The topic of oil is once again prominent in our everyday discourse as hopes grow high for new oil strikes by new oil companies. There were two big stories in the news this past week about this precious and coveted Black Gold. First, there is the story of a huge oil rig that has landed; so big it will take sixty containers to haul it to its destination. That destination is northern Belize, more specifically, the Blue Creek area. Apparently, though hitherto unbeknownst to Belizeans, seismic testing has already been done and drilling of up to eight thousand feet down is about to commence.

Blue Creek is a rich agricultural area inhabited mostly by Mennonite families. Should oil be discovered in Blue Creek, it would be very interesting that both oil strikes in Belize would have been on land occupied by Mennonites. Comprising a mere 3 % of the population and arriving in Belize as recent as 1958, the Mennonites seems to have been lucky enough to pick the exact areas where the oil lies to settle. Coincidence….?

The major concern for Belize should be the damage to arable land and adverse effect on the environment and health of our people that will result from testing, drilling and especially from the extracting of oil. One need only check with the people of Ecuador and Nigeria about what has happened to their respective lands. In Ecuador, thirty thousand residents had to file a lawsuit against Texaco/Chevron which they fought for twenty years before the case was finally settled. The charge was that the oil company deliberately dumped over 18 billion gallons of toxic wastewater and spilled some 17 million gallons of crude oil into the rivers and onto the floor of their precious rainforest.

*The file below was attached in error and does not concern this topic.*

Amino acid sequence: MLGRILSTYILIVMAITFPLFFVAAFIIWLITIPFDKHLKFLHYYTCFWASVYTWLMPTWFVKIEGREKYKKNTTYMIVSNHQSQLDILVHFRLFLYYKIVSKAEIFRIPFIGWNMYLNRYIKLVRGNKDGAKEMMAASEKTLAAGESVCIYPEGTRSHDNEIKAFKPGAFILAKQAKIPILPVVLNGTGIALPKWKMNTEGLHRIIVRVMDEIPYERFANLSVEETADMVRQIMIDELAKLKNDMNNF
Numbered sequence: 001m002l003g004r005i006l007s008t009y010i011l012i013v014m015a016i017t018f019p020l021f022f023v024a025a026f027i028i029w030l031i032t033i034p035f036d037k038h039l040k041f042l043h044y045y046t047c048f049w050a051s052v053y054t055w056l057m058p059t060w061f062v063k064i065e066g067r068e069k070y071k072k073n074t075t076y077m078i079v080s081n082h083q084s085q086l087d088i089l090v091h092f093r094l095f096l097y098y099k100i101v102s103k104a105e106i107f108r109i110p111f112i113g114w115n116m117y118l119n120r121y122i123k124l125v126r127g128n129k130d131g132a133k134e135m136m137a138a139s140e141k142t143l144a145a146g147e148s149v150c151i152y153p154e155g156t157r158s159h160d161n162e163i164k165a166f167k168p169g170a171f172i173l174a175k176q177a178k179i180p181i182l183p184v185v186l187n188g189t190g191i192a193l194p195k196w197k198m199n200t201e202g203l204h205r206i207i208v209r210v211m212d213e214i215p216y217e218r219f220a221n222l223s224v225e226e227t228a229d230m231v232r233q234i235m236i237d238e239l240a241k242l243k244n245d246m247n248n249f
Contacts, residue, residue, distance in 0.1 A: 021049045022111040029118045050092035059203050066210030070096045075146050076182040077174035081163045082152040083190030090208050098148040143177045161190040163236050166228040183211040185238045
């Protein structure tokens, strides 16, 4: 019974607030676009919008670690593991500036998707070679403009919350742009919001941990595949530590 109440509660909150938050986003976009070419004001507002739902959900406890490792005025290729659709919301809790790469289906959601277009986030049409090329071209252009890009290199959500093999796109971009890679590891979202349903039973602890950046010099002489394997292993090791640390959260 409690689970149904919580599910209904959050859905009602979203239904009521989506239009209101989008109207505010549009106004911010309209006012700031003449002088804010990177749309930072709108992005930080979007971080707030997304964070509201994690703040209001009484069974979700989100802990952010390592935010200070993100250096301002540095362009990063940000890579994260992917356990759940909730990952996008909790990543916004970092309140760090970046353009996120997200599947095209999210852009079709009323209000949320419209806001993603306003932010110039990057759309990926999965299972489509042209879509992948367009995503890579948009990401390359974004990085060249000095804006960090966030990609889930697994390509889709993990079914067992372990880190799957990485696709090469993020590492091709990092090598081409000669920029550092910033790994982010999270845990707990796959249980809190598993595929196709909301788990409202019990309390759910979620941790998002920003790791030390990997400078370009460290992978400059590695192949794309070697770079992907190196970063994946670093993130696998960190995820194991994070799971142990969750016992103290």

The Ecuadoreans were able to prove that apart from damage to the environment, the pollution from the oil business had caused a wave of mouth, stomach and uterine cancer that caused thousands of deaths, birth defects and spontaneous miscarriages. In February of 2011, a court found the oil company guilty and ordered them to pay 18 billion in compensation. Despite declaring profits in excess of 21 billion for 2011 alone, Chevron has refused to pay or to even apologize to the people of Ecuador.

In Nigeria, the situation is even more disastrous and distressing. The Shell oil company, which recorded even higher profits of 31 billion dollars for 2011, continues to rape that country and create hardship for the millions of Africans who depend on the environment for their livelihood. It is estimated that more than 1.5 million tons of oil has spilled into the Niger Delta ecosystem over the years. Many spills take place in sensitive habitats for birds, fish and other wildlife, leading to further loss of biodiversity and, in turn, increased hardship on local communities. The spills pollute local water sources upon which people depend for drinking, cooking, bathing, washing and fishing. Nigeria has what has been described as “one of the world’s most severely petroleum-impacted ecosystems.” The saddest part about the whole Nigeria situation is that while it continues to be one of the world’s largest oil producers, creating enormous wealth for Shell and a few corrupt politicians, over 70% of Nigeria’s people live in abject poverty. Is this really what we have to look forward to Belize?